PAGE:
Deus caritas est. God is love. Deus é amor. Dios es amor. Dieu est amour. Dio è amore. A Catholic blog in English, Sometimes also in Portuguese, Spanish, French and Italian.
Saturday, 10 October 2015
The Man may not despise his bodily life (Catechism of the Catholic Church, §364) - Health, Dieters: Don't Replace Saturated Fats With Processed Carbs
Sept. 29, 2015 (HealthDay News) - When trimming saturated fat from
your diet, subbing in whole-grain foods helps your heart, but turning to
white bread doesn't, a new study shows.
"This is very important stuff," said Dr. Robert Vogel, a cardiologist
at the University of Colorado, Denver, who wrote a commentary
accompanying the published study. "If you substitute high-quality
carbohydrates like fruits, vegetables and whole grains, then lives are
saved. It's that simple."
"Folks don't just spontaneously drop a few hundred calories of
saturated fat out of their diets without replacing them with something
else," explained study first co-author Adela Hruby, a research fellow at
Harvard T.H. Chan School of Public Health in Boston. "The 'something
else' makes a difference to their health."
The researchers found that when the men and women replaced 5 percent
of their saturated fat calories with healthier polyunsaturated fats,
such as those found in nuts, the risk for coronary heart disease dropped
by 25 percent.
Replacement with monounsaturated fats such as olive oil dropped risk
by 15 percent, and replacement with whole-grain carbs was linked with a 9
percent decrease in heart disease risk.
But subbing in processed carbs such as white bread or white rice for saturated fat had no effect on risk for heart disease.
This lack of effect means that saturated fat, found in animal
products like butter and red meat, looks neutral for heart disease only
when it's compared to eating refined carbs and sugar instead. Compared
to other options, though, it's the non-heart-healthy choice.
The findings also mean that consumers should get rid of saturated
fat, said Michelle Cardel, a spokesperson for the Obesity Society and an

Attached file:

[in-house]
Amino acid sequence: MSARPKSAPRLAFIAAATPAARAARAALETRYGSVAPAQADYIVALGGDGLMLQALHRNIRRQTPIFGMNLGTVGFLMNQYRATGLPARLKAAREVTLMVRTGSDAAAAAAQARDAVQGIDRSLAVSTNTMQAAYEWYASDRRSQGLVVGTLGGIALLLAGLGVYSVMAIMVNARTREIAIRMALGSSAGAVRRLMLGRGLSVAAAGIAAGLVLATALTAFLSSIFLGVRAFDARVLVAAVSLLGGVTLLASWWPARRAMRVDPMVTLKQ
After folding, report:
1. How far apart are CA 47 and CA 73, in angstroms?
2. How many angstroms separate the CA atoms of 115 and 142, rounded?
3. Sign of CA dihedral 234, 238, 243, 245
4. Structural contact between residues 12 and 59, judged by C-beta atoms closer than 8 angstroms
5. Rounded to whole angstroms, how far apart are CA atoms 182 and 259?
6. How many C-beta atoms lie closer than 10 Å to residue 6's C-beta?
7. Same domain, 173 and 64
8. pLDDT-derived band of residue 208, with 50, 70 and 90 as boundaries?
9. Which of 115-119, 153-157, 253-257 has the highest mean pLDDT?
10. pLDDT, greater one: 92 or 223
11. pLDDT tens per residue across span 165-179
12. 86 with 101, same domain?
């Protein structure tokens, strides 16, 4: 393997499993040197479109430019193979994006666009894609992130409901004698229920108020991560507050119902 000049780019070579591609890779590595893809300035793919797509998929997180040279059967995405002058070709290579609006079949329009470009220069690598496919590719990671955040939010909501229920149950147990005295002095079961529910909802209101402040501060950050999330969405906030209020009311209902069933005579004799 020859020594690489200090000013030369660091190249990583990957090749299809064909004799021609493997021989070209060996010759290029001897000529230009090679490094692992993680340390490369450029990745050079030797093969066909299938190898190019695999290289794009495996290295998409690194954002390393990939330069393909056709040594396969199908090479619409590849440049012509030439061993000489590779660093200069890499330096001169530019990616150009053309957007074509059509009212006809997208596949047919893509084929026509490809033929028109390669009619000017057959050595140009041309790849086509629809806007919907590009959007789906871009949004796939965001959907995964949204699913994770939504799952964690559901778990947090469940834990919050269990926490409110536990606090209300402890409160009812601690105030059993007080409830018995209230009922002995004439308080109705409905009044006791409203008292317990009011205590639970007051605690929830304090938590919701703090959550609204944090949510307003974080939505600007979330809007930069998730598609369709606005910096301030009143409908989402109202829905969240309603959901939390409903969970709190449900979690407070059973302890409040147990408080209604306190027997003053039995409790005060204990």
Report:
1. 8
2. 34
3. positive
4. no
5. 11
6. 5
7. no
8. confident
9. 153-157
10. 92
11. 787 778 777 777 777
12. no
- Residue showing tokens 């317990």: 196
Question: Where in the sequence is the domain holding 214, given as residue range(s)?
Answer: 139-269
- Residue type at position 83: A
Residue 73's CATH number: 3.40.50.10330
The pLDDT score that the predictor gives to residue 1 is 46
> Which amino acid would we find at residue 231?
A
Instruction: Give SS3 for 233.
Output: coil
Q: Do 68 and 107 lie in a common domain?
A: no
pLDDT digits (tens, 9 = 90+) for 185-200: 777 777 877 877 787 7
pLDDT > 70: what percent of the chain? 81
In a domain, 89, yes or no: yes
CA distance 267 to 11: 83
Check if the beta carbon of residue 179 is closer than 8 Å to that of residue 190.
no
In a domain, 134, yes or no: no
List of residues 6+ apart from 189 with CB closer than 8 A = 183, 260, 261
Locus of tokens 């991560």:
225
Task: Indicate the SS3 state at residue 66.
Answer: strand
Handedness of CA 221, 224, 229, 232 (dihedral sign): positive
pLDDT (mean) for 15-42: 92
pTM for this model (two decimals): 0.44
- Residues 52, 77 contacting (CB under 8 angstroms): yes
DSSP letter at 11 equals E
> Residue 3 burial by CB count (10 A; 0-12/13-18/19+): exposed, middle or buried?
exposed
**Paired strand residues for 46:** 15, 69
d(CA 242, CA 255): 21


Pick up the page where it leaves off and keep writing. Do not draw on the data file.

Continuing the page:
assistant professor in the department of health outcomes and policy at
the University of Florida, in Gainesville.
"Rather than trying to add more healthy fat into your diet, the focus
should be on replacing saturated fats with healthy fats," Cardel said.
"You can replace them with foods high in healthy fats, including fatty
fish like salmon, avocados, nuts and seeds."
Vogel has some very specific advice for the health-conscious
consumer. "If you insist on meat, eat lean meat," he said. "Poultry
would be better than [red] meat, white meat poultry would be better than
dark meat, and fish would be better than poultry."
When it comes to carbs, said Vogel, check the nutrition labels for
two key features of whole grains. "A whole grain is something where the
first ingredient says 'whole grain,' not the third or the fifth, but the
first," he said. The second feature is that the whole-grain food
contains at least 3 grams of fiber per serving. He added, "5 grams would
be better, 7 would be better still."
Foods with healthier
polyunsaturated and monounsaturated fats, such as walnuts, salmon and
olive oil have been a part of other
delicious dietary patterns, like the Mediterranean diet, for decades,
maybe even centuries.
Vogel said that people don't need to retrain their taste buds to eat healthier - "they have to retrain their brains."